Commissioned by the SF Arts Commission for the Octavia Boulevard Streetscape Project, these transcopes invite you to observe the comings and goings along Octavia Boulevard and Patricia’s Green. There are twelve of these installed along the medians and the Green. The view through them can be twisted, converted or even upside down. While this was probably a wonderful concept, it fails in execution. To look into them is awkward. While one design is set at a height that works for the handicapped and small children, the other meant for standing adults were difficult for this 5’3″ author to use. Unfortunately, the view holes are so small that you really don’t see much anyway.
This is a paragraph from the SF Arts Commission’s Press Release regarding the installation:
The artist created a series of slender pole-like sculptures equipped with kaleidoscopic lenses that function as miniature observatories providing pedestrians with a transformed view of the surrounding environment and passing cars. The mounted scopes transform vehicular movements, colors, shapes and lights into extraordinary and beautiful real time moving pictures. Each observatory is equipped with a unique mirror lens combination giving the viewer an ever-changing kinetic snapshot of their environment. The sculptures have two standard designs: one for standing adults, and one for person in wheelchairs and/or children. The sculptures have a 60-degree vertical swing and a 180-degree horizontal swing. The slender support column on each sculpture includes the artist’s prosaic interpretation of the unique lens/mirror combination.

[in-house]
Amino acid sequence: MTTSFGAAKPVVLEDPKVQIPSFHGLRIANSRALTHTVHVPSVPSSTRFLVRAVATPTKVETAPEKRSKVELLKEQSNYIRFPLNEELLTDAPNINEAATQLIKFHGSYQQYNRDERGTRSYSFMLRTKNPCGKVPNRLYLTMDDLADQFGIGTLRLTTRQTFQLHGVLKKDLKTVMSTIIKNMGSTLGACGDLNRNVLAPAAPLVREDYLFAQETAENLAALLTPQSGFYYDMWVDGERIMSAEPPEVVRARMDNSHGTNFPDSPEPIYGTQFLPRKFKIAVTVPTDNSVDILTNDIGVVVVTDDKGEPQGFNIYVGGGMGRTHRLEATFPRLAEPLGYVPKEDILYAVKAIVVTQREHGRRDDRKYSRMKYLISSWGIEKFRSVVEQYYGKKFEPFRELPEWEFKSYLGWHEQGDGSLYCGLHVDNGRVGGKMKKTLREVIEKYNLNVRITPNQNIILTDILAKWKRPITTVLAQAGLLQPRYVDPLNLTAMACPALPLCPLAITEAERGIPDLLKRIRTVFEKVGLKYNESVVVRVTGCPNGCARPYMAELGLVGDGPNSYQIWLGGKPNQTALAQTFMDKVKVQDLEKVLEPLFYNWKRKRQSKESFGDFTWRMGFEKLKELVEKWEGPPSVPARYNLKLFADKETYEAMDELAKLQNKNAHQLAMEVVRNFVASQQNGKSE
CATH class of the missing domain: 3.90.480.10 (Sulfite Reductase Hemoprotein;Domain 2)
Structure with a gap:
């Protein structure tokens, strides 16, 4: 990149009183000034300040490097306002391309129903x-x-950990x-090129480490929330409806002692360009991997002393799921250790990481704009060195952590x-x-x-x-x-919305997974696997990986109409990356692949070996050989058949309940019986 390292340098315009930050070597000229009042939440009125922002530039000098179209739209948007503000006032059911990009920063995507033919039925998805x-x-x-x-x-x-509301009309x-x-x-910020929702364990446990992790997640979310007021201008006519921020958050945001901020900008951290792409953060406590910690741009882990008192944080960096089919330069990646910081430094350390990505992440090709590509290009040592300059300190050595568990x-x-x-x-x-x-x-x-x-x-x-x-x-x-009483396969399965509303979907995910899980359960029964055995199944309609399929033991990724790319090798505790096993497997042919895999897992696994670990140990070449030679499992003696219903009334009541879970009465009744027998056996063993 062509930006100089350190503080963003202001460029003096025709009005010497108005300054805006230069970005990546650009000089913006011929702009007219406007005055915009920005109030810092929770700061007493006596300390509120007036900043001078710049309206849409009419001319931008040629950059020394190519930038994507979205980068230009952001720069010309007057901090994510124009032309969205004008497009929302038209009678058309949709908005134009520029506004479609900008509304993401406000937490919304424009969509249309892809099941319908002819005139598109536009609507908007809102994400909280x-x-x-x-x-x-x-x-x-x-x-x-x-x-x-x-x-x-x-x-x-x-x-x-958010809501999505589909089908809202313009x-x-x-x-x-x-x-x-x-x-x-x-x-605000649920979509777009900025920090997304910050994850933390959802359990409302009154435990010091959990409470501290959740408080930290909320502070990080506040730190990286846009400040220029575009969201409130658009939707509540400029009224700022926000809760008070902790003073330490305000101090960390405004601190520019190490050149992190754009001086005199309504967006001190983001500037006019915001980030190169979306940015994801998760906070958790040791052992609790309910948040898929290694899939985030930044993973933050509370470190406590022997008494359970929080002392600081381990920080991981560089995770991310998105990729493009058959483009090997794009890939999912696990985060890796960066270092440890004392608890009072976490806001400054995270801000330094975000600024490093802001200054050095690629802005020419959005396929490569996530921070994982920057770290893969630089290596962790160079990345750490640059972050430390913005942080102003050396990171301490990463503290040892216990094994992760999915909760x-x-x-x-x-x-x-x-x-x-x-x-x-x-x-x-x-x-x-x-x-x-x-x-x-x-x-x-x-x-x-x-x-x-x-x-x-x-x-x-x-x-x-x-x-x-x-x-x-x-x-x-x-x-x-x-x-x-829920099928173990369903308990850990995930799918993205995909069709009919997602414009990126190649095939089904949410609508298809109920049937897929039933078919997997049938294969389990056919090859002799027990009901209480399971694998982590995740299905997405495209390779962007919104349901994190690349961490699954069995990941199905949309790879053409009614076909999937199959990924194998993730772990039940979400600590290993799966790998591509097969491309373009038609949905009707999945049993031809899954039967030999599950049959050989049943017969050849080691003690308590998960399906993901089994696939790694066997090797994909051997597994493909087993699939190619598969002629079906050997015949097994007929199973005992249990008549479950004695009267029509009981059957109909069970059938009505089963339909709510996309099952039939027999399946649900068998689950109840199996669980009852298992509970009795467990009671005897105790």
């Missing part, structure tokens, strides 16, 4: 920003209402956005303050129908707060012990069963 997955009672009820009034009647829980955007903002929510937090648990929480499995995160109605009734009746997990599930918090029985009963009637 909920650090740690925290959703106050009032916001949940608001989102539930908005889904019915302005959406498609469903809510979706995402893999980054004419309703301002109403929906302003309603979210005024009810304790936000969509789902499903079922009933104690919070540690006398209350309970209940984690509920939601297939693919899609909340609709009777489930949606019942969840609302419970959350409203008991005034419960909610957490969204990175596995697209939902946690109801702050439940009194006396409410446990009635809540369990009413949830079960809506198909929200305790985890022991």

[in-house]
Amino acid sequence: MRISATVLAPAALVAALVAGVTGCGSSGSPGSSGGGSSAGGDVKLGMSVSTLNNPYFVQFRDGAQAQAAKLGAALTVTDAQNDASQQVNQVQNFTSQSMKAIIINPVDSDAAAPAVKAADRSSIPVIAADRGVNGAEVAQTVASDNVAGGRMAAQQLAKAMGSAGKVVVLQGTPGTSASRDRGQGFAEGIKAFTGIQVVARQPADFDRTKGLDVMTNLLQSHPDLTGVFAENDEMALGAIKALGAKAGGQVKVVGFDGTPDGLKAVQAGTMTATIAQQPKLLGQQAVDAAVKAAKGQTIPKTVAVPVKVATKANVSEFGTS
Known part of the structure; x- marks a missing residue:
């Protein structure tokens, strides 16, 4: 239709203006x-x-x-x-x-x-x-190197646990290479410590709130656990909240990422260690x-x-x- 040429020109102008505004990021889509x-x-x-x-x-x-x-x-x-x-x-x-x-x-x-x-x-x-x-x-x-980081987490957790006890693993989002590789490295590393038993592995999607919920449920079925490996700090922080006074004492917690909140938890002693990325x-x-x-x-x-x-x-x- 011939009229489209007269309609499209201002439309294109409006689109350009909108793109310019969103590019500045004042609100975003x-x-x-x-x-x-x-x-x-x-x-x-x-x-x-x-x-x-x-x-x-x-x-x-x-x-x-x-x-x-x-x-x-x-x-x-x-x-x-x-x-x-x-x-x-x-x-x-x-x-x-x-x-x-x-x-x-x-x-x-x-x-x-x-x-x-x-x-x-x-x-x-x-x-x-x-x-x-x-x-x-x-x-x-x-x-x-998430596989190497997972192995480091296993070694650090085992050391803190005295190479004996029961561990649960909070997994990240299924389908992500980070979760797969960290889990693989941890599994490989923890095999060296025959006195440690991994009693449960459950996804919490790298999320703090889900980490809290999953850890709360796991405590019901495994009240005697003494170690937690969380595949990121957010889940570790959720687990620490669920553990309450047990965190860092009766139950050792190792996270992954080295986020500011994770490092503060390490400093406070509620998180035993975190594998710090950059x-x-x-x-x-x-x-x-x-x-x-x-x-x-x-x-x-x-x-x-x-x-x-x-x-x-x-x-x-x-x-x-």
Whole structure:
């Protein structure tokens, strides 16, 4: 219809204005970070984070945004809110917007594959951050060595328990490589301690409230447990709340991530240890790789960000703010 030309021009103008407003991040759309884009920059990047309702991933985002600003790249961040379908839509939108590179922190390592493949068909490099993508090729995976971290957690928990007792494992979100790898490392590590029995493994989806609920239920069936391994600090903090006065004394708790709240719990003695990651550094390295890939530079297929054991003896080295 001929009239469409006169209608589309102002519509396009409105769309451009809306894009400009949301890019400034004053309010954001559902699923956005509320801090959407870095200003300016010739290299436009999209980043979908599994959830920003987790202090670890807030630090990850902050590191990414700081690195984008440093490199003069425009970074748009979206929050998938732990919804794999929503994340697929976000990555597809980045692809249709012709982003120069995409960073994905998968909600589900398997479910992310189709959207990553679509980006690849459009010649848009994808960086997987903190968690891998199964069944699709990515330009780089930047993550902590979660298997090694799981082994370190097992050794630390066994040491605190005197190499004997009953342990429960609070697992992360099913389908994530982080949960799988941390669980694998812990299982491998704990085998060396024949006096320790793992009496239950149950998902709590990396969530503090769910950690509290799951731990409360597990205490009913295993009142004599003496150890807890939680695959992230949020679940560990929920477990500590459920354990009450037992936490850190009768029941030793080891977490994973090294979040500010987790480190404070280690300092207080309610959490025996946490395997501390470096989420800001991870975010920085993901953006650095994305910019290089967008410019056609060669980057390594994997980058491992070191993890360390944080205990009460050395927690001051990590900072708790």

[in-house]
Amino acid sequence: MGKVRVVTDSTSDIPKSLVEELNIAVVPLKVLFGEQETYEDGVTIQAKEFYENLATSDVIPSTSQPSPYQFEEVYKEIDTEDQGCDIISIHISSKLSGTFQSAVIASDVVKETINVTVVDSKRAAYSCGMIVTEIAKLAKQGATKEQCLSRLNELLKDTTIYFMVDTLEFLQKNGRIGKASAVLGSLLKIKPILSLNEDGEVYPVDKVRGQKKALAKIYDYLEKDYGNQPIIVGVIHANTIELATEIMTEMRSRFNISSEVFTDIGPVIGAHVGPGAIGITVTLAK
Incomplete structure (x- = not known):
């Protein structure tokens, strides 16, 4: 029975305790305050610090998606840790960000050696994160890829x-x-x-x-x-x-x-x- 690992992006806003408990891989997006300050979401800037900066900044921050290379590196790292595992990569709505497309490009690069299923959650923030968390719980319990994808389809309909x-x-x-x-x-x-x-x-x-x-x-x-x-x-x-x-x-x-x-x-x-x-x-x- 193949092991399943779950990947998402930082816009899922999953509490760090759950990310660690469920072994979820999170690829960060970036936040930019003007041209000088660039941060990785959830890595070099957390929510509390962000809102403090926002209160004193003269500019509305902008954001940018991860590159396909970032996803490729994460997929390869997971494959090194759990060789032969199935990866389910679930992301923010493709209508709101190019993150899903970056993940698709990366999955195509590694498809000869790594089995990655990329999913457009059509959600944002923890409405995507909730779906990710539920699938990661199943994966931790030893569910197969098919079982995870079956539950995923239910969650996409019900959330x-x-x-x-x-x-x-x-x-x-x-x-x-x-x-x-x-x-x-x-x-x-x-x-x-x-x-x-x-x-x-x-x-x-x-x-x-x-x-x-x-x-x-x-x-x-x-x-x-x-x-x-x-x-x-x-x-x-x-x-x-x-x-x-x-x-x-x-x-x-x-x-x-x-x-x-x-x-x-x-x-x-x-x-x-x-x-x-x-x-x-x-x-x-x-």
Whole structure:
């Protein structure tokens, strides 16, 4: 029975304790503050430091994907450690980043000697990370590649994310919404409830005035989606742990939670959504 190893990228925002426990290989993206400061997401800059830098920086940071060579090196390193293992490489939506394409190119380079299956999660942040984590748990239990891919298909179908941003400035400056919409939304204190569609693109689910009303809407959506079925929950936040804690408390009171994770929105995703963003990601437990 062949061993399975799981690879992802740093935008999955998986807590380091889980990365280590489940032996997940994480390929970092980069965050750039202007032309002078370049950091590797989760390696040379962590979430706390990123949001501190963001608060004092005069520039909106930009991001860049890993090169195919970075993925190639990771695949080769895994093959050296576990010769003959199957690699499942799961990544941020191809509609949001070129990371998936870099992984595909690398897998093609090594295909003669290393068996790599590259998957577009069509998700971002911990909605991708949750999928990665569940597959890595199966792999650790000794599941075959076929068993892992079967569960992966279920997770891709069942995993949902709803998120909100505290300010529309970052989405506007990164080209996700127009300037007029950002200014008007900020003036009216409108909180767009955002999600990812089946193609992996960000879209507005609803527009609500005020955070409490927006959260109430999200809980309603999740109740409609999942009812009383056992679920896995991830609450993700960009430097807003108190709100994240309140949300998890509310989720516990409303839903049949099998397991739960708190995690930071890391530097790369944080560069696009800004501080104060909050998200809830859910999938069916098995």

Born in Hong Kong, Po Shu Wang is an artist working out of Berkeley, California. His art projects are site-oriented viruses. Each individual artwork is a specific strain that intimately linked with a particular host environment. They co-evolve, mutate, and conflict with their hosts within a larger reality.
These pieces were part of the SFAC 2006-2007 budget and were commissioned for $150,000.